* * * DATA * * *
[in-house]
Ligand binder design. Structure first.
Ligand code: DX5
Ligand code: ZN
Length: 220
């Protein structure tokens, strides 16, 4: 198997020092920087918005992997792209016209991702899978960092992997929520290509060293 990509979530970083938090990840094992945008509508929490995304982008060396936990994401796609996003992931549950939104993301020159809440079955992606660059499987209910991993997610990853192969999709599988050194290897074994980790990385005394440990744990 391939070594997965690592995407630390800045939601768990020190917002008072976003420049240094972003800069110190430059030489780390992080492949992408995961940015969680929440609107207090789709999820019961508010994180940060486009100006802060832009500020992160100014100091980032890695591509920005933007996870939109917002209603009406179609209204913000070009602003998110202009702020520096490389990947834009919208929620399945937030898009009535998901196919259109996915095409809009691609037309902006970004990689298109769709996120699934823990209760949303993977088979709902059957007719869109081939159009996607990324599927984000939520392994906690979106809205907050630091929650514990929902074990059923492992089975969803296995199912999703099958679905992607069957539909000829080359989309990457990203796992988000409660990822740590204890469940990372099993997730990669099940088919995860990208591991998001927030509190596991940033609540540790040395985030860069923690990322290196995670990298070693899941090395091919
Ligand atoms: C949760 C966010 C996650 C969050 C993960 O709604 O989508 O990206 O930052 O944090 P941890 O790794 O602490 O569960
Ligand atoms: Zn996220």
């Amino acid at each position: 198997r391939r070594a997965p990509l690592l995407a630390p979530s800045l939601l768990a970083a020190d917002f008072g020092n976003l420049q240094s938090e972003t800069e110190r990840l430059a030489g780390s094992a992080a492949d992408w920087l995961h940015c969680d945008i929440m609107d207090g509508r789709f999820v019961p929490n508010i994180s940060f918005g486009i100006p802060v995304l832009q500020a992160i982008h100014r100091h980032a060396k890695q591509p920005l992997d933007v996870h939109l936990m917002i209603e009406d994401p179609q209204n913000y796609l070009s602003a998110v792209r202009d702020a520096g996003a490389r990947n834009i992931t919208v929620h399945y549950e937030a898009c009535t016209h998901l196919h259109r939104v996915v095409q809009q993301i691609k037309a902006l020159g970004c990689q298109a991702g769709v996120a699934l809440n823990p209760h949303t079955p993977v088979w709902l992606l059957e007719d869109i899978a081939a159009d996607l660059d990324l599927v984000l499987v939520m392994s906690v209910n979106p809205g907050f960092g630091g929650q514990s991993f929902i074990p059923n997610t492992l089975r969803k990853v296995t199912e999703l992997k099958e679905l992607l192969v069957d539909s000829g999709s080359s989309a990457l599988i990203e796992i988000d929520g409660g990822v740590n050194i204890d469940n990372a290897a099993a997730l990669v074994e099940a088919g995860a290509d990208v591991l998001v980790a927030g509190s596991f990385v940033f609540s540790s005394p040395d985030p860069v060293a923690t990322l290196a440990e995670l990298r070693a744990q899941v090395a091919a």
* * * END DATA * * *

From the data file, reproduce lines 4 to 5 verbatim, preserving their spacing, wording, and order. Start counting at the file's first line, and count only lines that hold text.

Ligand code: ZN
Length: 220